On that same page, accept responsibility for making plans once in a while. Like the person you’re interested in who wants nothing to do with you, it feels bad to be the only person trying to make things happen. Reach out sometimes and initiate the planning.

Create Boundaries

Don’t be a pushover. Stand up for yourself. There’s no truer sign of insecurity than the inability to stand up for your opinions.

If the group is doing something that you don’t want to be a part of, don’t feel obligated to go. Don’t feel guilty. Take the time to go and do something that you want to do and do it on your own.

Always maintain a separate identity. Always have other groups of friends, other interests, other events to occupy your time when your primary family isn’t planning the type of night that you’re looking for.

It doesn’t mean you’re a bad person. It doesn’t mean you’re a bailer or a flake or a stubborn asshole, you’re just creating boundaries.

Take some weekends off from hanging with the same people. Don’t feel pressure. We’re all adults now and it’s time to act like adults. You can entertain yourself.

If you don’t create boundaries and structure in your life, you open your life to codependence. This a terrible predicament to be in when people have so many expectations of you that you don’t feel that you need to live up to.

Don’t live your life according to the wishes of others, live your life how you want to and hope that your friends’ lives will intersect with yours when it’s convenient for both of you. This leads to crossing paths with people when you’re both at your most comfortable and allows for more meaningful interactions and lighthearted fun.

Listen and Approach with Inclusion

Even though I talk more than any human should, I am simultaneously always listening. I pay attention to the details of conversation, what people like, what they don’t like, what annoys them, and what makes them laugh and feel comfortable.

I always approach social situations with the idea of inclusion. I don’t want anyone to feel ostracized. I don’t want to box anyone out of conversation. I want everyone at their most peaceful in order to have fun and let loose and encourage an aura of sympathy and togetherness.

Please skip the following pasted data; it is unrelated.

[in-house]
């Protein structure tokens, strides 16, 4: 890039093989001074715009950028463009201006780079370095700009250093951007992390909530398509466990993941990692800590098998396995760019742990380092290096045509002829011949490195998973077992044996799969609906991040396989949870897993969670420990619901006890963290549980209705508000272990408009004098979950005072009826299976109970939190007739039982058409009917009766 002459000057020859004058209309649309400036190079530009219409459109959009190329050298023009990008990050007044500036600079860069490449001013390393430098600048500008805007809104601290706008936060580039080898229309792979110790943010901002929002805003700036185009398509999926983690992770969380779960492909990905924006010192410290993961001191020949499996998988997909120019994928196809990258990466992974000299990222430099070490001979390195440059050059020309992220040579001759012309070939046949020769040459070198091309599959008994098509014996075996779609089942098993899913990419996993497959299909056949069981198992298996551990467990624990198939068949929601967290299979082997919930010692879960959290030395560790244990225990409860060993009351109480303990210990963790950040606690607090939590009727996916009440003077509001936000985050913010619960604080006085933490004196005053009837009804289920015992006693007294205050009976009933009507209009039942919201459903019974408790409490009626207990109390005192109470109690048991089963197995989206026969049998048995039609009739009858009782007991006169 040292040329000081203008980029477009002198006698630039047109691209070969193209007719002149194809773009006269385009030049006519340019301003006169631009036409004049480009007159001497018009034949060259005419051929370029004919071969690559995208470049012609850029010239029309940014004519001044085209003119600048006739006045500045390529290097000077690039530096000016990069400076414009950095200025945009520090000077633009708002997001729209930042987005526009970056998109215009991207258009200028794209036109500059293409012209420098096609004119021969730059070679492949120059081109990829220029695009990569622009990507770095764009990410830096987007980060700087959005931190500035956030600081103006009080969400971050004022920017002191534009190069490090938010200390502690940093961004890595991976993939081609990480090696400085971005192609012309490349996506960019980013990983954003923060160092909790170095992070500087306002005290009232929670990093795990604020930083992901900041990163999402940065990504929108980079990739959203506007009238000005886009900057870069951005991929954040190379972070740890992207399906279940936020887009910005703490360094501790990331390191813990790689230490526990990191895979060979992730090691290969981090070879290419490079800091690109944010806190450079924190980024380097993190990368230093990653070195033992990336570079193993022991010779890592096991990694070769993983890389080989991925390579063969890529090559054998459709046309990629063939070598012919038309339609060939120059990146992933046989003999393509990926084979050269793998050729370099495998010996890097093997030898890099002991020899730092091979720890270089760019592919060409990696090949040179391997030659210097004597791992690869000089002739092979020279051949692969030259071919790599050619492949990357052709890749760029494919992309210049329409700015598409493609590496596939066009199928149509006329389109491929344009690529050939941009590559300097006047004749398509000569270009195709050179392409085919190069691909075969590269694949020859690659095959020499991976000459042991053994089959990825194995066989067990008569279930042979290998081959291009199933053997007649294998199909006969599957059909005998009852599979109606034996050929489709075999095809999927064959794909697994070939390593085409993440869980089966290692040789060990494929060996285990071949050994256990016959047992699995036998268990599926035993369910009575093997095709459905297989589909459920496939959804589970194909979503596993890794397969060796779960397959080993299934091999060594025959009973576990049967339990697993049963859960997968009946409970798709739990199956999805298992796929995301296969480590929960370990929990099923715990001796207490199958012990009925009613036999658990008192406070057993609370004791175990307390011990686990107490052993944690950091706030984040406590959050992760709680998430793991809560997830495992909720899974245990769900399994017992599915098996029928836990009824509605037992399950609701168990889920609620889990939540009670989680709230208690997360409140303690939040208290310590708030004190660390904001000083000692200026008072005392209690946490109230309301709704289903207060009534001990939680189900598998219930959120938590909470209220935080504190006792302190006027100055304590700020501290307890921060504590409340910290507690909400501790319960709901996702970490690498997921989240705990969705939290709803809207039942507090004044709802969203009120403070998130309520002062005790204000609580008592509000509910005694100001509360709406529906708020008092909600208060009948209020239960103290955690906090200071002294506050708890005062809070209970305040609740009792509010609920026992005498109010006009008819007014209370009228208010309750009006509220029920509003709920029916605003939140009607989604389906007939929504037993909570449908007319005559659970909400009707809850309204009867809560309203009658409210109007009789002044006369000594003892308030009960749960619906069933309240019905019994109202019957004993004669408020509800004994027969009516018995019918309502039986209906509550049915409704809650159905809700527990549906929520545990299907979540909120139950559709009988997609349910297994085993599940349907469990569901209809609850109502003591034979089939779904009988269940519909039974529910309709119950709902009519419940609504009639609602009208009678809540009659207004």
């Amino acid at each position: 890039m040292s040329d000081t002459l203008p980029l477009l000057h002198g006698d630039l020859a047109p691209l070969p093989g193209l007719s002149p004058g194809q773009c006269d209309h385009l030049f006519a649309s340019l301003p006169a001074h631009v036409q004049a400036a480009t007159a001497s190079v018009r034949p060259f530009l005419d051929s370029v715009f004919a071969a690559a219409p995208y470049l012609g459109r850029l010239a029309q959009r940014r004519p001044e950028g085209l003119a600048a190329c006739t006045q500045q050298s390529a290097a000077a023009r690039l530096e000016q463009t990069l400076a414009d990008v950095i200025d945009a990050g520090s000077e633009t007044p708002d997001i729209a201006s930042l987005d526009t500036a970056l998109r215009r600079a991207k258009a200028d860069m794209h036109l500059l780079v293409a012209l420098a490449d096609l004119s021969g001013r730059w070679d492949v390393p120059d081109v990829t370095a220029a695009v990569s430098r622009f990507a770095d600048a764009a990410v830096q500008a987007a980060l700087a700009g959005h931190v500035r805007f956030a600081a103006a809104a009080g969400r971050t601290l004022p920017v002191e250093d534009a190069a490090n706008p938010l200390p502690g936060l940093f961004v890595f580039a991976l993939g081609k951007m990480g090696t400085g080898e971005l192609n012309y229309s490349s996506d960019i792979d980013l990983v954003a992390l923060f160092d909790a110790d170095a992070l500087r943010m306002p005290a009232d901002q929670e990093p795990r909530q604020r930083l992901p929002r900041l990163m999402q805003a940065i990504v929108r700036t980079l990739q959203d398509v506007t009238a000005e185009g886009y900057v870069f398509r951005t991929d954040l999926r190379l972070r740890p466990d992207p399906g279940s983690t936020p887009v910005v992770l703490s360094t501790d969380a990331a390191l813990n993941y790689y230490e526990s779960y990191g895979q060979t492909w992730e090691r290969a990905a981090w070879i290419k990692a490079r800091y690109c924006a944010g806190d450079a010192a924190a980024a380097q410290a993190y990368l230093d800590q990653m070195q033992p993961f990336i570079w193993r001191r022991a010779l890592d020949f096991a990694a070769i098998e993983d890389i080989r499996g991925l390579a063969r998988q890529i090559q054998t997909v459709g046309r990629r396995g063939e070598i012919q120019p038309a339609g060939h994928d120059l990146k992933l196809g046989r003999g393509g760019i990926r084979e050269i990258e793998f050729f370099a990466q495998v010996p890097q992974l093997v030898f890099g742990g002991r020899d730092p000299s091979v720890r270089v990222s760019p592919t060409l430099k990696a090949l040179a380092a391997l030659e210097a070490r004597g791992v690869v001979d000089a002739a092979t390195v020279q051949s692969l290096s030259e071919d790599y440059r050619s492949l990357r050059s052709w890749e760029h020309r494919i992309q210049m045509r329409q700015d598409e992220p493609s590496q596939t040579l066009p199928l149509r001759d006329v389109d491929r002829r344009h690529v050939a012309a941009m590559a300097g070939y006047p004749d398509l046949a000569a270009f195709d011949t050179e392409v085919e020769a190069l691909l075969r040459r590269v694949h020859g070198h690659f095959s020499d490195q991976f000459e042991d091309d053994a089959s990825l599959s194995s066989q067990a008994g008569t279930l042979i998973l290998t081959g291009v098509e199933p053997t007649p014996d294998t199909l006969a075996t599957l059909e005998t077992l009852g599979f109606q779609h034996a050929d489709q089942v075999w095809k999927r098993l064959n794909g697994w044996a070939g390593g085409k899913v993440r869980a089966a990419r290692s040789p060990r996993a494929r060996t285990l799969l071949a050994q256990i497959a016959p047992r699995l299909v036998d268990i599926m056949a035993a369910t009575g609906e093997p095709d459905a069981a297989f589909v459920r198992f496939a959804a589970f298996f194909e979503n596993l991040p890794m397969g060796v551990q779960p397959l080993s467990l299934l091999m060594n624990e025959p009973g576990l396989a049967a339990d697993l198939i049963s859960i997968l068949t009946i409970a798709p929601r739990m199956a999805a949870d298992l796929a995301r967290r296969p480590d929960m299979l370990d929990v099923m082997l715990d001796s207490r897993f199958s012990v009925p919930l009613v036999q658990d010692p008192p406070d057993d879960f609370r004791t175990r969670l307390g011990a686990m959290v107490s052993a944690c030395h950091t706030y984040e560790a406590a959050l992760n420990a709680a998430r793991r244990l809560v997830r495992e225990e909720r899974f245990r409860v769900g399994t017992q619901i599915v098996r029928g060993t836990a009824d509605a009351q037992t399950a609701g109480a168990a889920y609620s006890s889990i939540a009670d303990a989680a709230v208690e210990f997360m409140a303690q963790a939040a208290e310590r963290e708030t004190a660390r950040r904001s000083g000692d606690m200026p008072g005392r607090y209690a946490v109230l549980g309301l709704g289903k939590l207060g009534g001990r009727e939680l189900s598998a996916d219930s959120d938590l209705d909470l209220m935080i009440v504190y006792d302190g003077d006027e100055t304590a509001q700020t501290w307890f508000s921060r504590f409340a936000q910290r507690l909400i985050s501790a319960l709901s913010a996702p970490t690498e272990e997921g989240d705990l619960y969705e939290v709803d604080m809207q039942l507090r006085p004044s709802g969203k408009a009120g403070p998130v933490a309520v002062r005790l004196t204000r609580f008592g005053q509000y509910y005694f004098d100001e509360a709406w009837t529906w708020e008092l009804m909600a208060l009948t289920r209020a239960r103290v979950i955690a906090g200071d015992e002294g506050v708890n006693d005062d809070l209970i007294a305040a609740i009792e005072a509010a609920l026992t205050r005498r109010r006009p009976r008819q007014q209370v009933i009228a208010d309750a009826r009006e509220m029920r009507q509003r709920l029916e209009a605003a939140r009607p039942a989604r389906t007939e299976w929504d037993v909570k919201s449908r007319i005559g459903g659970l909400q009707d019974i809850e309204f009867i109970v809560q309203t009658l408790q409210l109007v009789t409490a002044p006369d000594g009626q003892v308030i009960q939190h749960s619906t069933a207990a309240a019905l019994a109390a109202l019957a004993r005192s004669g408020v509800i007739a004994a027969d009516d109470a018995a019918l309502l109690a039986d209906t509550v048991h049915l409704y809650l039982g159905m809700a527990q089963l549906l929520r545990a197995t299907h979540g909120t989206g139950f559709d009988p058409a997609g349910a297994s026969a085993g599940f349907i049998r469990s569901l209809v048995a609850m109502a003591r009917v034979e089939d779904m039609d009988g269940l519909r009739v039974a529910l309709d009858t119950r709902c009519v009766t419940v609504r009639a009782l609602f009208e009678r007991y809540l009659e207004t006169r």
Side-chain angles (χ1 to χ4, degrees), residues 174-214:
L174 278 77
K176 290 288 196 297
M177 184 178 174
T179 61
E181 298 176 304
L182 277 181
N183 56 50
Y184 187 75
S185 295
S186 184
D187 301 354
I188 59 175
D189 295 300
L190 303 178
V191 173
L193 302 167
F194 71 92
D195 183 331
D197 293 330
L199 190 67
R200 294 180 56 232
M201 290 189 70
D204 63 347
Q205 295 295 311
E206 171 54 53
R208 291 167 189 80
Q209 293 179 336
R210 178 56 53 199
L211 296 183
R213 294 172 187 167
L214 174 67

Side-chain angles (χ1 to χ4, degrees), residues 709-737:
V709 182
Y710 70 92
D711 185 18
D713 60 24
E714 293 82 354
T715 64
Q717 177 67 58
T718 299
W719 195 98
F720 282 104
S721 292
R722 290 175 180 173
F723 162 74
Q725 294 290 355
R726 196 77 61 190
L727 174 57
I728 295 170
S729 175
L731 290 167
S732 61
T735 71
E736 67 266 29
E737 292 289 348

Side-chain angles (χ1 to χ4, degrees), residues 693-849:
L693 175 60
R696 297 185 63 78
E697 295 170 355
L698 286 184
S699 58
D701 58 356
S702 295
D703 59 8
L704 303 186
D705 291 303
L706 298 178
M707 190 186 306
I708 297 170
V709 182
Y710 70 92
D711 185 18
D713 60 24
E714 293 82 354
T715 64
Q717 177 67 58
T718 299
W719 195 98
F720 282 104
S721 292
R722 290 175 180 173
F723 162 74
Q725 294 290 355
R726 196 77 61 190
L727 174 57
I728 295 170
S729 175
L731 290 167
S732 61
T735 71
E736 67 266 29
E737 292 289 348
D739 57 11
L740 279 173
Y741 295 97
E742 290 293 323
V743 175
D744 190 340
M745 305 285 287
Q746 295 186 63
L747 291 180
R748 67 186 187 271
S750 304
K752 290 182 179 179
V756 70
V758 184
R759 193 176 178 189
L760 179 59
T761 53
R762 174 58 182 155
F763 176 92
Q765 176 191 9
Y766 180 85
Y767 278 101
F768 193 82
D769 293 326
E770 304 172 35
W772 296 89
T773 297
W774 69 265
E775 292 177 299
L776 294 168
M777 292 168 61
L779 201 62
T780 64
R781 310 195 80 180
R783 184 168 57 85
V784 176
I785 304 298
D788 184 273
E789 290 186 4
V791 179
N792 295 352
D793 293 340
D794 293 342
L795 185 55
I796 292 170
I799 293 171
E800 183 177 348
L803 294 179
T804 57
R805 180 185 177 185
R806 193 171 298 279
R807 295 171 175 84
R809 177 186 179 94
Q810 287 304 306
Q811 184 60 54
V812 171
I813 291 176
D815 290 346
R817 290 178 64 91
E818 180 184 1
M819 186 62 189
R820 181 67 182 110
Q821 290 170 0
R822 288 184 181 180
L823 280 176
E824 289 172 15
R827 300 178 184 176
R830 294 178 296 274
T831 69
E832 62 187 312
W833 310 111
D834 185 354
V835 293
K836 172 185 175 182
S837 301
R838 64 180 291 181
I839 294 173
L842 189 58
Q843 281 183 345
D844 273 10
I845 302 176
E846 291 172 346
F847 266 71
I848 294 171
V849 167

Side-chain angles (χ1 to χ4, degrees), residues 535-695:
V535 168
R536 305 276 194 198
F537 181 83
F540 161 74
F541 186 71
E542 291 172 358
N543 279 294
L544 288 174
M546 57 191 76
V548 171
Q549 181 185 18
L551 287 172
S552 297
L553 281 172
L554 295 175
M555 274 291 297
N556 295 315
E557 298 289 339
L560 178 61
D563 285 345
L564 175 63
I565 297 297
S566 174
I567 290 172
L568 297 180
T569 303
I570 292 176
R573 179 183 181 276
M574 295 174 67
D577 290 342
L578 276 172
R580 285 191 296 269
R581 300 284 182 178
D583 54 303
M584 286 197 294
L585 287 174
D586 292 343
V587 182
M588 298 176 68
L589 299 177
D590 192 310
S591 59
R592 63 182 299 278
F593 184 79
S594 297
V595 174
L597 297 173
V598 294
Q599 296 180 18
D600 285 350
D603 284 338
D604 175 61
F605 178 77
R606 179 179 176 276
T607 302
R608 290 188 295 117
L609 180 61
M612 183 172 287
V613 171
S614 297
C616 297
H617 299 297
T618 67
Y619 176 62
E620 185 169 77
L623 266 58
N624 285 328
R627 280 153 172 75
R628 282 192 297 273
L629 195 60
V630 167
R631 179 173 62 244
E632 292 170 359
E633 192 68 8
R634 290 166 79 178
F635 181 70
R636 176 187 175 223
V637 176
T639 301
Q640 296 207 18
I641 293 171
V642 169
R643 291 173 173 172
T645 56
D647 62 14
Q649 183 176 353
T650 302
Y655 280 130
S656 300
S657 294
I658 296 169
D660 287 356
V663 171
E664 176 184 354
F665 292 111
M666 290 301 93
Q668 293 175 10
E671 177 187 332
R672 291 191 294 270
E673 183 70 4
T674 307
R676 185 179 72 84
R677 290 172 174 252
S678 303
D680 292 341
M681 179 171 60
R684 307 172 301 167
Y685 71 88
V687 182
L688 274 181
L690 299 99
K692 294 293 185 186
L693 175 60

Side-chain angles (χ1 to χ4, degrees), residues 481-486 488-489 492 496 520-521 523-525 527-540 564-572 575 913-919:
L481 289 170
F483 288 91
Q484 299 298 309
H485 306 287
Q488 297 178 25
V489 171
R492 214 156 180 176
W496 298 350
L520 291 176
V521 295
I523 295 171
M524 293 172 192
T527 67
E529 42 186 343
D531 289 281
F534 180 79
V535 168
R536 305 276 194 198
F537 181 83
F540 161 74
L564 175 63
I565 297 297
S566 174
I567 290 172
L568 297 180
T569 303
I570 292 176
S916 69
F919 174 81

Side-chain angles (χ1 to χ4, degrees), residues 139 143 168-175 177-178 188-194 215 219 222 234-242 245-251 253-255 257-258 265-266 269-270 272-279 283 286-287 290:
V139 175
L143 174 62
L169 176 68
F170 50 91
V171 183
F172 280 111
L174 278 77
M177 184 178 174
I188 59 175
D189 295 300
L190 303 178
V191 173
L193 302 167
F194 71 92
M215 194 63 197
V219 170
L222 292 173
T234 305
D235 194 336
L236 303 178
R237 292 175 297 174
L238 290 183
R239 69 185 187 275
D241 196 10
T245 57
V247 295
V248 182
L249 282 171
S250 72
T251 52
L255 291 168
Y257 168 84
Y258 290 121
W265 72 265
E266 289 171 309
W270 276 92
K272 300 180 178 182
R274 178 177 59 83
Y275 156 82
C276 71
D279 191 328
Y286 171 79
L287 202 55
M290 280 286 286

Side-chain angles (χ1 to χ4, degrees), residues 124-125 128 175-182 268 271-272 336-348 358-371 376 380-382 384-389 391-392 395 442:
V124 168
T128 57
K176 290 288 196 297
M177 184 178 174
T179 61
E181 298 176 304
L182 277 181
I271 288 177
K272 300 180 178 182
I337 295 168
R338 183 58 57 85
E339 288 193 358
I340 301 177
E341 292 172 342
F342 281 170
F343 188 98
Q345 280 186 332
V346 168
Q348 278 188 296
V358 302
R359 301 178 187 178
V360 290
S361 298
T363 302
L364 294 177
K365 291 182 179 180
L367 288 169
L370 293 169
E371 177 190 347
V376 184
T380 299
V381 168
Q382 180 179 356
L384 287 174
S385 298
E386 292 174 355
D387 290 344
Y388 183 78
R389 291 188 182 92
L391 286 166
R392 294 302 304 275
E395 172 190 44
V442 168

Take the time to hear what other people are saying and take their words to heart. Don’t be gullible and believe everything everyone says, but don’t be so skeptical as to stay in a constant state of cynicism. Trust me, I’m as sardonic as they come and it’s been a lifelong struggle to stay within the confines of polite sarcasm instead of outright meanness.

When you’re going to lunch at work, invite everyone as you walk by. Don’t section yourself off in your little group and ignore the people around you. How do you know that the person you’re excluding isn’t fun to be around? You could be missing out on good times that you didn’t even realize were right next door.

If someone in a social setting is shy or quiet, do your best to include them by asking them questions. Joke around and share stories about yourself to help them feel at ease. I love when I can get a shy person out of their shell and engaged with the group. Sometimes people just need others to notice them.

Be Brutally Honest and Be Yourself

Far beyond any other advice, always be honest and always be yourself. Even if you think you’re sparing someone’s feelings, a lie is not worth the time it takes to craft.

I spent so much of my life being a pathological liar. I used to tell people I had seen movies that I hadn’t, invented events that I was doing on the weekend, and lied about deals that I had uncovered to try and impress people. All it did was make me look like a bragging asshole and, when I was caught in a lie, I would try and talk my way out of it and end up looking even more foolish.

Ever since I started adopting honesty (and sometimes brutal honesty) as my way of life, things have gotten better. I know longer feel bound by my lies and held back by them. I feel extremely free telling truths about myself, however embarrassing they are or how vulnerable they make me.

Hell, in this blog alone I’ve talked about things that I’m embarrassed to admit and ashamed to display, but it feels good to get them out on paper. It feels good to open yourself up to criticism sometimes.

There will always be people who hate, envy, make fun of, misunderstand, or underappreciate you, but hiding your innermost feelings means that people who love, adore, look up to, and genuinely enjoy being around you also don’t get to share in your true identity.

You’re the one who has to live with being you, so make sure to present yourself in an accurate way. The most important people you meet will appreciate that and your moments of realness are what drew them to you in the first place.